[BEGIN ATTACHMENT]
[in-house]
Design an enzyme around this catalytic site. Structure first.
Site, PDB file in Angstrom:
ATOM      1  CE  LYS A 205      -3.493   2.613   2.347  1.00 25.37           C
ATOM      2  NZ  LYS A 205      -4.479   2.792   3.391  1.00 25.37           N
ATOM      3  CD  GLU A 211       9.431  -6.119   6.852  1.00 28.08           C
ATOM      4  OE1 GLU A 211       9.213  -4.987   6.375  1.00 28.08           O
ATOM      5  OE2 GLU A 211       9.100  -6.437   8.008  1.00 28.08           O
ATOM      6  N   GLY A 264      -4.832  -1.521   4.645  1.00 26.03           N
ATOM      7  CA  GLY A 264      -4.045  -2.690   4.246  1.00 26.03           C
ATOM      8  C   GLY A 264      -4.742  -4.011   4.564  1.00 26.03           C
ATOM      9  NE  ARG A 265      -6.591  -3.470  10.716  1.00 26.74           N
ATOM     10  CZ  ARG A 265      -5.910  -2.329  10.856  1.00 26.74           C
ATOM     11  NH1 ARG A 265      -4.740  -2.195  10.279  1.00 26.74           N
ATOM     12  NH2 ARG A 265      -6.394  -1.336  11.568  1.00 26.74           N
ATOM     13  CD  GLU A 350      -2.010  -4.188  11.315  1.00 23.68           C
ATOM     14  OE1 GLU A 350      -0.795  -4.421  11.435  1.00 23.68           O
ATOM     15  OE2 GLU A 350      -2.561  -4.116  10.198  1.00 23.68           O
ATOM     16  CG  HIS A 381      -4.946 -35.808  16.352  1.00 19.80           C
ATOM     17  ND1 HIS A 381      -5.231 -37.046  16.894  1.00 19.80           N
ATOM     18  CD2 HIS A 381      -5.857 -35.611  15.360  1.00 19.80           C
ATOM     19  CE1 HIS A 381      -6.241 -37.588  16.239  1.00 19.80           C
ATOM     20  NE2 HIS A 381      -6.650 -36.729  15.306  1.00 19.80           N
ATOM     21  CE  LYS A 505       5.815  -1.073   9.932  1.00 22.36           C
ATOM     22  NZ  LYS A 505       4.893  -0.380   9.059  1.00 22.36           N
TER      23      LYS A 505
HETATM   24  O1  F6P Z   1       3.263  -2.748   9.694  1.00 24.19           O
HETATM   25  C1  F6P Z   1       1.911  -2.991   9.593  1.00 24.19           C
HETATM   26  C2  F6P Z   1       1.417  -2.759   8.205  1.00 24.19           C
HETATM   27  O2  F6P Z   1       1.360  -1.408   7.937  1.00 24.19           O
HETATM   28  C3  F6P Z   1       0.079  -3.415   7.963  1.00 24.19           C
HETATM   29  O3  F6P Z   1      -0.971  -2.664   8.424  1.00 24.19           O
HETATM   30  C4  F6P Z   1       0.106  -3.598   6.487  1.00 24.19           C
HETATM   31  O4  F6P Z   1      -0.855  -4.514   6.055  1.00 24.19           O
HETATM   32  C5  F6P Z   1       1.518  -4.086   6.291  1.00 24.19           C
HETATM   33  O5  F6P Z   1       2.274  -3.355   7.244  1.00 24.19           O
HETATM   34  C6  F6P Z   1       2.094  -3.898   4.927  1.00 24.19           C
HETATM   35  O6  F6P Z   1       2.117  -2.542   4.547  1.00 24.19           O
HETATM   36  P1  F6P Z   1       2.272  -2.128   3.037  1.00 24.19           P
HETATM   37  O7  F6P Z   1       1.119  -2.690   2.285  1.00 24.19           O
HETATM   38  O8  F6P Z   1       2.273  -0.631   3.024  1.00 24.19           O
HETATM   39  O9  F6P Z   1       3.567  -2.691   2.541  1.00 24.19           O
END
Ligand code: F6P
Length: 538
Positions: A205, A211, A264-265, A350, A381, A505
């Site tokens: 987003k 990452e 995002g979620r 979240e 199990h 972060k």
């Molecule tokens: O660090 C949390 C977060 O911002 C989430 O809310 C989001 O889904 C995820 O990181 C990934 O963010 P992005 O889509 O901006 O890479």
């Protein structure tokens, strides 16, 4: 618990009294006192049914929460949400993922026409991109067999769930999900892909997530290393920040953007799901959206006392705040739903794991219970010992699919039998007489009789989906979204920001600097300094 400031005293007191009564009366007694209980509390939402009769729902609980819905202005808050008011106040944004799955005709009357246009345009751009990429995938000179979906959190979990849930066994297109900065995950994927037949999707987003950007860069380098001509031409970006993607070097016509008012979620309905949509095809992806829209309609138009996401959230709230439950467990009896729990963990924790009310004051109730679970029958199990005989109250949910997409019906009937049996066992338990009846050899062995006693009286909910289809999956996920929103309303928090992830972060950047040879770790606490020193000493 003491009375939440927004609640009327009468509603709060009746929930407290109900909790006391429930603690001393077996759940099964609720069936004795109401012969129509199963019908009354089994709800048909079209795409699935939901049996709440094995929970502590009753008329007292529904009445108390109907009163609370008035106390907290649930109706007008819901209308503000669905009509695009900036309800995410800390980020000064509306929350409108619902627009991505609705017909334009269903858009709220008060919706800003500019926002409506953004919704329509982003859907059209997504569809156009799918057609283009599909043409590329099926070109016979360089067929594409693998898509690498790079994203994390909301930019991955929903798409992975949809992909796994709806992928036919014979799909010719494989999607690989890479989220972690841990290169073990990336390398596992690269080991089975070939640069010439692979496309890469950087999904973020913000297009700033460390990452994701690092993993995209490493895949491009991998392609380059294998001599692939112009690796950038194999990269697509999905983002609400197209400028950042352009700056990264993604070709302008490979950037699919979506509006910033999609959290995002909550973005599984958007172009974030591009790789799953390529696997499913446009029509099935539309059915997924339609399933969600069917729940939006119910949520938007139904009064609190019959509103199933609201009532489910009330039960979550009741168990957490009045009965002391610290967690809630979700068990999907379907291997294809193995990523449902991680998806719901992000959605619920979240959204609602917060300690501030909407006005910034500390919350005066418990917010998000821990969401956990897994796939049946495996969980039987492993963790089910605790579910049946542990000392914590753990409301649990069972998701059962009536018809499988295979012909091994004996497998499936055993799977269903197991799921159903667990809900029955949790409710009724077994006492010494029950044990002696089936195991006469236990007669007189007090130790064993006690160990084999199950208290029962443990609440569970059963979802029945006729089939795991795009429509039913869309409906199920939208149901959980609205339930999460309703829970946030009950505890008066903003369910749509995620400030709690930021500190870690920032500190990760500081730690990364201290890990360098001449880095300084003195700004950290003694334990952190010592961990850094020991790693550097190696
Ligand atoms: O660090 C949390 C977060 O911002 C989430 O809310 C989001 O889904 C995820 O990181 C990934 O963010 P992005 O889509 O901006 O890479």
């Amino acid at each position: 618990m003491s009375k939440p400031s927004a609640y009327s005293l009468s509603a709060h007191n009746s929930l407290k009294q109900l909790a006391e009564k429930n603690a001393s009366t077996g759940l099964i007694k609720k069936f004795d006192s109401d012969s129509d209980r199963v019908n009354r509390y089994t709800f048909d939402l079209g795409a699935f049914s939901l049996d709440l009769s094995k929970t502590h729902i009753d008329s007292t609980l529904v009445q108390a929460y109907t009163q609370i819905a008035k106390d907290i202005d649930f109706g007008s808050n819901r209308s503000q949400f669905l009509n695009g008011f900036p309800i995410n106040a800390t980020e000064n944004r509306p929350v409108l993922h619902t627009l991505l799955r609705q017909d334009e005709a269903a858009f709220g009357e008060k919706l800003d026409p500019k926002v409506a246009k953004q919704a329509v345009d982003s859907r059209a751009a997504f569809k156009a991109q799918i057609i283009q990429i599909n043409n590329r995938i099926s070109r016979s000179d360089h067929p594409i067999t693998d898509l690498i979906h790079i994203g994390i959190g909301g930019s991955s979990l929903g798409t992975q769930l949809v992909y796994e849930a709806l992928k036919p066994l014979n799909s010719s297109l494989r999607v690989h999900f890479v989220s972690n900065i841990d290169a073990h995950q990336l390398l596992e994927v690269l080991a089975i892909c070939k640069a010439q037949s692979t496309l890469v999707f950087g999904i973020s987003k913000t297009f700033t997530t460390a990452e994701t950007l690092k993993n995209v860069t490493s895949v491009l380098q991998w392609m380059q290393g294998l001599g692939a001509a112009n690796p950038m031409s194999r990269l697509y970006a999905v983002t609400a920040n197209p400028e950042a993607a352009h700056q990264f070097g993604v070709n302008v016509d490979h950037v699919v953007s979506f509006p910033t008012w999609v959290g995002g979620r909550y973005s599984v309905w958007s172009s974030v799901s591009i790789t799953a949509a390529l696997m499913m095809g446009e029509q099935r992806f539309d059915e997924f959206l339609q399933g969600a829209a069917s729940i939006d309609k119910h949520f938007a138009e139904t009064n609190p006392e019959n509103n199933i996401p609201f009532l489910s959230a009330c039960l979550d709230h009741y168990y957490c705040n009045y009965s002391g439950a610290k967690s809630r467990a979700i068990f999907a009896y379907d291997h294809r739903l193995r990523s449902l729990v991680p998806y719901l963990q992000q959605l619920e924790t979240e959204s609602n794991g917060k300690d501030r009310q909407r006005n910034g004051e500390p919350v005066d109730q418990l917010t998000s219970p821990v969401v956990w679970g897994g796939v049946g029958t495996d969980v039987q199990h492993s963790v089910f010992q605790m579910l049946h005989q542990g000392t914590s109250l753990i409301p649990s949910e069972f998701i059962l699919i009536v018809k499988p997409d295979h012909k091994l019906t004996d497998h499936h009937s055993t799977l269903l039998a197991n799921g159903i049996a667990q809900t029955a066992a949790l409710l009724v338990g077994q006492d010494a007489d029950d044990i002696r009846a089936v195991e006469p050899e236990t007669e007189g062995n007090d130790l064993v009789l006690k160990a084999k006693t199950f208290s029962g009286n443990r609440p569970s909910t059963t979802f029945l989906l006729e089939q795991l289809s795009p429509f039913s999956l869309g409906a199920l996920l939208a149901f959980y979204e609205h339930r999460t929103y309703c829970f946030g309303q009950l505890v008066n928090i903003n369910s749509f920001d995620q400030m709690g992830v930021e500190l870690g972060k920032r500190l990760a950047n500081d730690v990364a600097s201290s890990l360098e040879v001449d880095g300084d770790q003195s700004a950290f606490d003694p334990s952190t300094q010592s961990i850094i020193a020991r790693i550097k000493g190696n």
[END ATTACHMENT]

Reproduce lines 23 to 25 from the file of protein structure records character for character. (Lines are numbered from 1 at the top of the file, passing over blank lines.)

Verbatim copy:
ATOM     20  NE2 HIS A 381      -6.650 -36.729  15.306  1.00 19.80           N
ATOM     21  CE  LYS A 505       5.815  -1.073   9.932  1.00 22.36           C
ATOM     22  NZ  LYS A 505       4.893  -0.380   9.059  1.00 22.36           N